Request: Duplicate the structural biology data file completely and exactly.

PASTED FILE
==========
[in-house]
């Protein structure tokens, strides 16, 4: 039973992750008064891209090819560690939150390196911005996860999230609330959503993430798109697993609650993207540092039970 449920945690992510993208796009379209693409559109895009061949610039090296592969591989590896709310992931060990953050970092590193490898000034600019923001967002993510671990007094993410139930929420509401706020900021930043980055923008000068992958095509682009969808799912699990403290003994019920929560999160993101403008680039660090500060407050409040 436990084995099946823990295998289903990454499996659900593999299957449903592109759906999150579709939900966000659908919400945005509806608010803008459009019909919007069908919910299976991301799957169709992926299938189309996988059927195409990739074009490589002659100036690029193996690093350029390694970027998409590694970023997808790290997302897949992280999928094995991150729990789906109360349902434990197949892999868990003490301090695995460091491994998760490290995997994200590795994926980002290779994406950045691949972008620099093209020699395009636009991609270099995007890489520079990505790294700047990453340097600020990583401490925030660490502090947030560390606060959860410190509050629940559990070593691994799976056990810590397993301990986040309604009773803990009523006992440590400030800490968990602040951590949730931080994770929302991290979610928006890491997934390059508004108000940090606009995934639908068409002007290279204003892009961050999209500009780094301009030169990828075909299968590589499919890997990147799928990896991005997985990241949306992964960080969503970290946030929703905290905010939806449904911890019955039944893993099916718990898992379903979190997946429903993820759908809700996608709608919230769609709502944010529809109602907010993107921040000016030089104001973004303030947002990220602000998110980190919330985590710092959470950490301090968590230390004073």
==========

[in-house]
């Protein structure tokens, strides 16, 4: 039973992750008064891209090819560690939150390196911005996860999230609330959503993430798109697993609650993207540092039970 449920945690992510993208796009379209693409559109895009061949610039090296592969591989590896709310992931060990953050970092590193490898000034600019923001967002993510671990007094993410139930929420509401706020900021930043980055923008000068992958095509682009969808799912699990403290003994019920929560999160993101403008680039660090500060407050409040 436990084995099946823990295998289903990454499996659900593999299957449903592109759906999150579709939900966000659908919400945005509806608010803008459009019909919007069908919910299976991301799957169709992926299938189309996988059927195409990739074009490589002659100036690029193996690093350029390694970027998409590694970023997808790290997302897949992280999928094995991150729990789906109360349902434990197949892999868990003490301090695995460091491994998760490290995997994200590795994926980002290779994406950045691949972008620099093209020699395009636009991609270099995007890489520079990505790294700047990453340097600020990583401490925030660490502090947030560390606060959860410190509050629940559990070593691994799976056990810590397993301990986040309604009773803990009523006992440590400030800490968990602040951590949730931080994770929302991290979610928006890491997934390059508004108000940090606009995934639908068409002007290279204003892009961050999209500009780094301009030169990828075909299968590589499919890997990147799928990896991005997985990241949306992964960080969503970290946030929703905290905010939806449904911890019955039944893993099916718990898992379903979190997946429903993820759908809700996608709608919230769609709502944010529809109602907010993107921040000016030089104001973004303030947002990220602000998110980190919330985590710092959470950490301090968590230390004073």